“This is really just the beginning of a research and development-based relationship,” Martin says about the university’s work with Wavtrace. Virginia Tech enjoys working with multiple vendors to find cost-efficient technology solutions, she adds.

Citing Virginia Tech’s commitment to helping the Commonwealth of Virginia develop information technology, Martin says the school’s efforts are geared toward providing services for higher education, government agencies and commercial users. Education, economic development and distance learning top Virginia Tech’s agenda for the project, which is being implemented in phases. First, a hub and two remote sites were installed. This summer, a third remote site joins the system, and two more remote units are expected by the end of this fall, for a total of five sites. Some of these sites are as far away from the hub as 1.5 miles.

The school is using the equipment mainly for data and Internet traffic but will also be testing voice and video traffic. Right now, the technology works on a fixed time slot, but Martin offers that the dynamic time slots may be put in place in the fall.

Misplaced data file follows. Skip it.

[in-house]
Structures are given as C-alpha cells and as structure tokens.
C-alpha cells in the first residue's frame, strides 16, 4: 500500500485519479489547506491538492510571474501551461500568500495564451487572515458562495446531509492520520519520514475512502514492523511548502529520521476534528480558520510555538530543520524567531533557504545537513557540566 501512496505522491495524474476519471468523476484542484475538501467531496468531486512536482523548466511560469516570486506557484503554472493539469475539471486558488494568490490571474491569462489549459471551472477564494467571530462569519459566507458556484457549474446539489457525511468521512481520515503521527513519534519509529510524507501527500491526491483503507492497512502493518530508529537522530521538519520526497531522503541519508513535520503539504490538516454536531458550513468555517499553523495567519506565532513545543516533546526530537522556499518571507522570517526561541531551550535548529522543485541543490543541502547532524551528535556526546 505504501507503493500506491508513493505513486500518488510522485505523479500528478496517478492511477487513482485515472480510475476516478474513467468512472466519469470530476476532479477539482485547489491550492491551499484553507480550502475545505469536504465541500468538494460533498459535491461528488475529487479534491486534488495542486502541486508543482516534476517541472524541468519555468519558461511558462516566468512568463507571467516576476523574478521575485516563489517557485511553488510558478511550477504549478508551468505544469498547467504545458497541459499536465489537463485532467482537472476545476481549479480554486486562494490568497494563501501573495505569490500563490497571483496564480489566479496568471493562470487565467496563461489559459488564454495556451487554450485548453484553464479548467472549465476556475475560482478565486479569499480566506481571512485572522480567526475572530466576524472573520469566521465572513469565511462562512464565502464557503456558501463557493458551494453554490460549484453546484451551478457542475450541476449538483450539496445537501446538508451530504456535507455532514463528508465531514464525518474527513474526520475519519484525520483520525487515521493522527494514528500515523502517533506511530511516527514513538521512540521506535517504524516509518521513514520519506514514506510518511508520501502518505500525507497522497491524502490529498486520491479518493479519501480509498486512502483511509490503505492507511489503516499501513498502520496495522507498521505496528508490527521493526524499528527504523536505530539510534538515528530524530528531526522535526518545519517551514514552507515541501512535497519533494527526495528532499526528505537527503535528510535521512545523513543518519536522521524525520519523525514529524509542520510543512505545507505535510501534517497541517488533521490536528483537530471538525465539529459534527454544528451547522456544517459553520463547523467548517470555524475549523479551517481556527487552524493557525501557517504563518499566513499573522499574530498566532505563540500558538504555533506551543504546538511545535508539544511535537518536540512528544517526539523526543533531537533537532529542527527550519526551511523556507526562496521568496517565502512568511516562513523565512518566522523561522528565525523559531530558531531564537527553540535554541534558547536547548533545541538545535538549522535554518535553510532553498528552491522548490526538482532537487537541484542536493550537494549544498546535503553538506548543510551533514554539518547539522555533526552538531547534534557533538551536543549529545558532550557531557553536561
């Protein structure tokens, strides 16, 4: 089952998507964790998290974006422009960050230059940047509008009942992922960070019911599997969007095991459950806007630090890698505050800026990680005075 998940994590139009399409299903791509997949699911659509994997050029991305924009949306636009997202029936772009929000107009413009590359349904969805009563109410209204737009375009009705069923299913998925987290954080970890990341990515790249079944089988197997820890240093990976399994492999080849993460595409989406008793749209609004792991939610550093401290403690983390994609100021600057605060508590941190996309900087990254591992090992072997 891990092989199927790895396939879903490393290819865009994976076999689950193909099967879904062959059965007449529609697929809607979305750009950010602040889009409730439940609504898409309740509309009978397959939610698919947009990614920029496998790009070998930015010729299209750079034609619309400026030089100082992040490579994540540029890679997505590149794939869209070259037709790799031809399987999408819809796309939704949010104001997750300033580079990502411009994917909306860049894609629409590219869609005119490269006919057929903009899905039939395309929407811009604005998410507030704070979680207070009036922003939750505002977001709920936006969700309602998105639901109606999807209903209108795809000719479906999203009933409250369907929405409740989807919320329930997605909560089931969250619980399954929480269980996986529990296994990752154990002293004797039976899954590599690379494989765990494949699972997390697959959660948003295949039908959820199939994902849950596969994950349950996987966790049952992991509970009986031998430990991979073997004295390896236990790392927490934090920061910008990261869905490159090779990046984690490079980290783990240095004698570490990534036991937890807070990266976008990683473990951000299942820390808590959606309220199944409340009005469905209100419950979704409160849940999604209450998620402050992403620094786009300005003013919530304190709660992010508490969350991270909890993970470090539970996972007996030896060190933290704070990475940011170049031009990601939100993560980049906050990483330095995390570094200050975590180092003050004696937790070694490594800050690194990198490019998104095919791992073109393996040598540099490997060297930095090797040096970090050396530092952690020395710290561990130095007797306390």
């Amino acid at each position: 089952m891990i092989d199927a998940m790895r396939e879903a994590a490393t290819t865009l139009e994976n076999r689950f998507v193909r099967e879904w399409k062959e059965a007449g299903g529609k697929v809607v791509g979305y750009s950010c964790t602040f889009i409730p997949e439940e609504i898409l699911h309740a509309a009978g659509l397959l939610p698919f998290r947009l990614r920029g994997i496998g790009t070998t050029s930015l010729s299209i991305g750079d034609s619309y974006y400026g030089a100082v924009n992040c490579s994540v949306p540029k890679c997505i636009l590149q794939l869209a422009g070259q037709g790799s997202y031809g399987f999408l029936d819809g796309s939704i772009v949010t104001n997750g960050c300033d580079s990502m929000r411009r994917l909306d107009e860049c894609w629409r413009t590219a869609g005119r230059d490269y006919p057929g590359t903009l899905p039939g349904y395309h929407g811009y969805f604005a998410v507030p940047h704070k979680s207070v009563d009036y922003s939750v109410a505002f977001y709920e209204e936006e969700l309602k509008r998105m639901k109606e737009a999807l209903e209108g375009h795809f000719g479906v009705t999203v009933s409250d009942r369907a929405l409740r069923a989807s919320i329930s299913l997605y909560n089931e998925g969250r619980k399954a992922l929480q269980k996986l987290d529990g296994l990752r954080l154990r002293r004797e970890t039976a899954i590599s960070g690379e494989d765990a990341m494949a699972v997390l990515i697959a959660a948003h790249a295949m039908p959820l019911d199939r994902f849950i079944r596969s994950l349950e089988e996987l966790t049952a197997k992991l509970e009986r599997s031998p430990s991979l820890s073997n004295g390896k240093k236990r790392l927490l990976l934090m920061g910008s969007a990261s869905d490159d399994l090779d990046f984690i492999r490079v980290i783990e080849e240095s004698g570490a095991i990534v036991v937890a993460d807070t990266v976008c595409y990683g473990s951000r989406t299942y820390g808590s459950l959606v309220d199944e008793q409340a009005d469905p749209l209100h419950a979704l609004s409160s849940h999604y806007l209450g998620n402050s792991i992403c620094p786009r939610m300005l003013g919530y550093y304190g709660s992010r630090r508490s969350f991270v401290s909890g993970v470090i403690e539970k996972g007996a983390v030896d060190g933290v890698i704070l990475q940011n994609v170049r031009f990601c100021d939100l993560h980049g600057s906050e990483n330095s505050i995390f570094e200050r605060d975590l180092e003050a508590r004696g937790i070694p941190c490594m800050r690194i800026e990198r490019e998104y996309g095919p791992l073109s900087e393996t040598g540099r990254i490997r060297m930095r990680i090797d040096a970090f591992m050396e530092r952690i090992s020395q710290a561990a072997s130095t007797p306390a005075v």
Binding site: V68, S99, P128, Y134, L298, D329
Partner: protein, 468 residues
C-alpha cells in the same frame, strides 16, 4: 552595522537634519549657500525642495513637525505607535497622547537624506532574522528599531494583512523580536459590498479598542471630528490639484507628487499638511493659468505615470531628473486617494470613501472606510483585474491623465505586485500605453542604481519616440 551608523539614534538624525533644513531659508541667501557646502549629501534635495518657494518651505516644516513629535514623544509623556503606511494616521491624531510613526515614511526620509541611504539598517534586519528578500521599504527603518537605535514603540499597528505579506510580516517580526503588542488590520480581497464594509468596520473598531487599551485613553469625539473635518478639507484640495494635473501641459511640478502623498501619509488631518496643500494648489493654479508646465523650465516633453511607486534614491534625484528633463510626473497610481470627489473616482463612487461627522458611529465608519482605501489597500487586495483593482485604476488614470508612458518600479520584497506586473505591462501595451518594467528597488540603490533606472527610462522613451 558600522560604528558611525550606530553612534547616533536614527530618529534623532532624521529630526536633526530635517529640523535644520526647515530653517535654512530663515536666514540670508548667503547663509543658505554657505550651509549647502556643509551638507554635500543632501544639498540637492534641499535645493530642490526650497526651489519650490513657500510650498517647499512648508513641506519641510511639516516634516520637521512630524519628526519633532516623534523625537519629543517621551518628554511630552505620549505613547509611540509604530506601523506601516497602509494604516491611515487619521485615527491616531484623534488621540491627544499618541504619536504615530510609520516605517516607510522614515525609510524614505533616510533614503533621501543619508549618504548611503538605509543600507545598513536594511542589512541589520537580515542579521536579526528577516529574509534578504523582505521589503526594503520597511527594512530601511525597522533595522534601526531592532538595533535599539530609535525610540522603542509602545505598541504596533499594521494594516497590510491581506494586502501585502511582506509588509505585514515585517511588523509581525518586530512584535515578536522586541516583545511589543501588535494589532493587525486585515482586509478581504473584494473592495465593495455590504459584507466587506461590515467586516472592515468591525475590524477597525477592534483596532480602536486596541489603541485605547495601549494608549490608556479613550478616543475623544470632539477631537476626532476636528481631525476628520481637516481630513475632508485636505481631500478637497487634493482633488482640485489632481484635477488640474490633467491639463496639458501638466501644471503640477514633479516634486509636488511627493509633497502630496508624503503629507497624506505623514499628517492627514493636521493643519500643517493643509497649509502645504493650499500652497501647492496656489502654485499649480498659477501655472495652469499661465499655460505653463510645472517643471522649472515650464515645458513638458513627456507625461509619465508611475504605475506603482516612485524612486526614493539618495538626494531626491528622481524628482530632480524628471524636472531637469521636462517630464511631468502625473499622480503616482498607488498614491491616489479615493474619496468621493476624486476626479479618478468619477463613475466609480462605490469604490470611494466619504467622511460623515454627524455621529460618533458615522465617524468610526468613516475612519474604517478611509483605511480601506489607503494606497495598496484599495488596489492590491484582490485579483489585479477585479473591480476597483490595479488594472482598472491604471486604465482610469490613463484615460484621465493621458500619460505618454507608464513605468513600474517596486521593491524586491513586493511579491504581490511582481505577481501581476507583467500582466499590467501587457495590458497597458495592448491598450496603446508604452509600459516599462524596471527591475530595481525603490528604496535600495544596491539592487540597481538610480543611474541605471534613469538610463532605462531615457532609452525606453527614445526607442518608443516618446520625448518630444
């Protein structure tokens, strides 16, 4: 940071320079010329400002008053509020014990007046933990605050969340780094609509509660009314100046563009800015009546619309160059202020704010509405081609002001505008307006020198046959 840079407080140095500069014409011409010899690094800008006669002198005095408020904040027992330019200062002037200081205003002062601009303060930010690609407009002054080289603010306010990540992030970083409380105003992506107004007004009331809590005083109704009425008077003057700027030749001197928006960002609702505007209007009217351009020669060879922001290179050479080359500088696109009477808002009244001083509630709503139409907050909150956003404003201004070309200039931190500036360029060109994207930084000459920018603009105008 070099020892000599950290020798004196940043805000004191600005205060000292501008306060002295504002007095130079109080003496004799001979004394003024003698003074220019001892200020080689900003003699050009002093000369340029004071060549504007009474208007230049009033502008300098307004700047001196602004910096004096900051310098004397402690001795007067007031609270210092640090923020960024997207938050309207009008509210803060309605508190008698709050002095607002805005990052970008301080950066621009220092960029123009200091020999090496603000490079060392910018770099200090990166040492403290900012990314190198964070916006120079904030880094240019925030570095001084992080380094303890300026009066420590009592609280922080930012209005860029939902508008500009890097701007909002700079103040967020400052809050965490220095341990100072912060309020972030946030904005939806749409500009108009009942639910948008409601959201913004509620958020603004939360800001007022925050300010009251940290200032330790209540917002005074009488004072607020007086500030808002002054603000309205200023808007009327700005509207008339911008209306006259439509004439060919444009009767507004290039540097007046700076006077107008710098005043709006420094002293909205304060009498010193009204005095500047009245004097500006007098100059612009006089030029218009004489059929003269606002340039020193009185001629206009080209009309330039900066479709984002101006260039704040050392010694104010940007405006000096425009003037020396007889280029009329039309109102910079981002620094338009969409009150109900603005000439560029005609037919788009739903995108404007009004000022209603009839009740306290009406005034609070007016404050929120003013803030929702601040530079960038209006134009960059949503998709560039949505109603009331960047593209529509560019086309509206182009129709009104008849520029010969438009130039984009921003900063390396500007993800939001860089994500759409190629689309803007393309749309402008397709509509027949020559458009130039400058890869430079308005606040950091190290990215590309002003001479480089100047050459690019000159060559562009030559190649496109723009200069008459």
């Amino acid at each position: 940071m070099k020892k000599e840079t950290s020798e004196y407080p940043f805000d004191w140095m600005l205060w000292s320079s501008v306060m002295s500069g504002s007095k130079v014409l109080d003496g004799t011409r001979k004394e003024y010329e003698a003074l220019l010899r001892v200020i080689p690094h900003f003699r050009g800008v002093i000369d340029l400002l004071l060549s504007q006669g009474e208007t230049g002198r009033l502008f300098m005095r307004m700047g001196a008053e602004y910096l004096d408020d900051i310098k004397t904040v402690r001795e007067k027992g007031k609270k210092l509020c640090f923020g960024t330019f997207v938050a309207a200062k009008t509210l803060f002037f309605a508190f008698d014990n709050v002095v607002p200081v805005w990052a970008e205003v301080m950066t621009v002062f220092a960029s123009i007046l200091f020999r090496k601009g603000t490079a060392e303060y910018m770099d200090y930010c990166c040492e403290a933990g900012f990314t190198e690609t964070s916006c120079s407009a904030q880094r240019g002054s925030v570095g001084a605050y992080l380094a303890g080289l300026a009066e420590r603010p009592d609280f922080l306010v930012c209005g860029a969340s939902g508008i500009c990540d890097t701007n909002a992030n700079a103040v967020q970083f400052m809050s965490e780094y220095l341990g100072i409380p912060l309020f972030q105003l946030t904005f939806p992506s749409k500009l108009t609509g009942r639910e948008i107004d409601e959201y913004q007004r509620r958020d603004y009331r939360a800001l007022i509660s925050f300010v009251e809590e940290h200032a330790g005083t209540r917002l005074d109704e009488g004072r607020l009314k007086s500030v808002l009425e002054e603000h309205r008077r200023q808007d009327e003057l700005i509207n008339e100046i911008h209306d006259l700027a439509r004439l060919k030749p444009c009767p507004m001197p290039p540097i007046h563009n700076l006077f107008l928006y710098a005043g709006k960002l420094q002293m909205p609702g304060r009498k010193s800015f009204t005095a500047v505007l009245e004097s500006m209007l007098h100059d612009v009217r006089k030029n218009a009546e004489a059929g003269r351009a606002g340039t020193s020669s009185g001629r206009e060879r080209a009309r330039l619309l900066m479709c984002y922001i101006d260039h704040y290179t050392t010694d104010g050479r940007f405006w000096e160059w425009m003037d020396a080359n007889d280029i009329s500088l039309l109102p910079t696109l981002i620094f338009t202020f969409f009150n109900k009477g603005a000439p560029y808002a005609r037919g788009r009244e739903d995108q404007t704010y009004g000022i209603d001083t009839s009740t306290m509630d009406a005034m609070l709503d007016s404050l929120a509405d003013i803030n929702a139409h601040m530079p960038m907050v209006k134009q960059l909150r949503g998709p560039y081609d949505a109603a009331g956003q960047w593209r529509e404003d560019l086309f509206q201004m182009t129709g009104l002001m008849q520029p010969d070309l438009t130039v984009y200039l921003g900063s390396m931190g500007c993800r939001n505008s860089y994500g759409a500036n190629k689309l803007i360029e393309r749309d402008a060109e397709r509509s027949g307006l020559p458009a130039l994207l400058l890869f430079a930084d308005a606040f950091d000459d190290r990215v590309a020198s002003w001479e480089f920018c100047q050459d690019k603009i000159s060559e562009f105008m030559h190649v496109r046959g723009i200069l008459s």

Virginia Tech’s communications, networks and services, which provides telephone, cable and Internet services to the university, is in charge of the operational aspects of the project. The Center for Wireless Telecommunications is conducting much of the research.

This type of technology could prove extremely useful in taking services typical to densely populated urban areas out to less densely populated rural regions. While Martin sees room for the continued use of both FDD and TDD technologies for multiple applications, she welcomes TDD as an opportunity for the university to do research in a fairly new area to see if TDD could benefit rural communities.